Other Great Uses of Notation Software
Sibelius and Finale have the ability to export the score playback as audio, resulting in an excellent asset for the music classroom. It enables the effective production of modelled aural learning resources, which can be packaged and provided to students to help them learn their parts. While Finale’s Garritan playback and Sibelius’ sounds are sampled, they are not quite up to scratch with the latest sampled instrument technologies. Personally, I make use of 3rd party playback sounds, such as EWQLSO, Kontakt Libraries, and WIVI NotePerformer (and soon, VSL). If a teacher has access to these extra playback sounds, they can mock up their students’ scores for them very quickly to provide them with an even higher quality audio file.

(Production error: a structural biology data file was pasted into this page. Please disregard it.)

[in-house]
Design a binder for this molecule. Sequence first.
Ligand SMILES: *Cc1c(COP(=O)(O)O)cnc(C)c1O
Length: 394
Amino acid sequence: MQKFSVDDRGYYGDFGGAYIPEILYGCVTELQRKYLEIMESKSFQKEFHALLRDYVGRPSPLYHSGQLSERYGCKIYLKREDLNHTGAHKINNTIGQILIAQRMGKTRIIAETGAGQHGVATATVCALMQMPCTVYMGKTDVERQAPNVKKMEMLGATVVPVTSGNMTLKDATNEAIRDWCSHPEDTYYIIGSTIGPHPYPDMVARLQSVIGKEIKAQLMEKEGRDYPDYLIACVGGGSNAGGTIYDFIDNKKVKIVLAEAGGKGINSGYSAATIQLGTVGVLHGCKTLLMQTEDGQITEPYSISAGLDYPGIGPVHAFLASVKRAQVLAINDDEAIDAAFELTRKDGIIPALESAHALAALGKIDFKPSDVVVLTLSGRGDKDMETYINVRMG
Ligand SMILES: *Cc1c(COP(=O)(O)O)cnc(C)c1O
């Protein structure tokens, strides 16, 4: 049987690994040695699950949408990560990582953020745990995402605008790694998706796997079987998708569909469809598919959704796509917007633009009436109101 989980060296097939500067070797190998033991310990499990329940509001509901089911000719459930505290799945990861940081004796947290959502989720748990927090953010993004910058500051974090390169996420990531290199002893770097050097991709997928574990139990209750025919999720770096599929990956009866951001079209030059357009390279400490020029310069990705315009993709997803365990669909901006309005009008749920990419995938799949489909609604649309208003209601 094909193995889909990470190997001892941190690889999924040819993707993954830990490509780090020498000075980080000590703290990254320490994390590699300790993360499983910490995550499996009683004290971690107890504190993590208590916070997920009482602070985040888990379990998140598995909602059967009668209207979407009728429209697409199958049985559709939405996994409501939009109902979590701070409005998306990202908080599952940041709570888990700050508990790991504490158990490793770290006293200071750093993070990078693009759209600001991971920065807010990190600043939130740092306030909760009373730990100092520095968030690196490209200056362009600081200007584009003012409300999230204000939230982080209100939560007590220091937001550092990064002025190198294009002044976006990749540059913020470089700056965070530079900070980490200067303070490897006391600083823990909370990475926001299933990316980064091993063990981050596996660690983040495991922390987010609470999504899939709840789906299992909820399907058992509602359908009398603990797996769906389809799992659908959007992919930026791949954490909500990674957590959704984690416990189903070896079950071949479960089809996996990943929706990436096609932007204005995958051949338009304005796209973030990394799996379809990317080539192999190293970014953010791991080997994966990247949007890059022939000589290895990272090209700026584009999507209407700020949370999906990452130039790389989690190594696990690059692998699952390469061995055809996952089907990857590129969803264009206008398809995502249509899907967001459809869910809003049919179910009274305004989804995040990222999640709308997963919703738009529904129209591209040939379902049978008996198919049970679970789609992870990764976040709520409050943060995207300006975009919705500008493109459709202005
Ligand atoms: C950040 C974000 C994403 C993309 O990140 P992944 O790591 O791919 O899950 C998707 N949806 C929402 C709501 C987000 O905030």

Here is a comparison between general MIDI, Sibelius Sounds, and EWQLSO.
To extend beyond audio exporting, Sibelius even has the capabilities to export as a video! This is also great for modelled aural learning, as they are essentially animated scores with playback. One great use of this is exporting individual parts as a video, and mixing the sound to create a karaoke version. Using the piece I created in Musescore, I opened the file in Sibelius via the music XML export (This also can be used in education, as students without access to Finale or Sibelius can work in the free Musescore, and then swap to them at the end to polish off the score to commit zero engraving rules for the HSC). Here is the video export example that I uploaded to YouTube using NotePerformer as the playback engine.
Ideas Library in Sibelius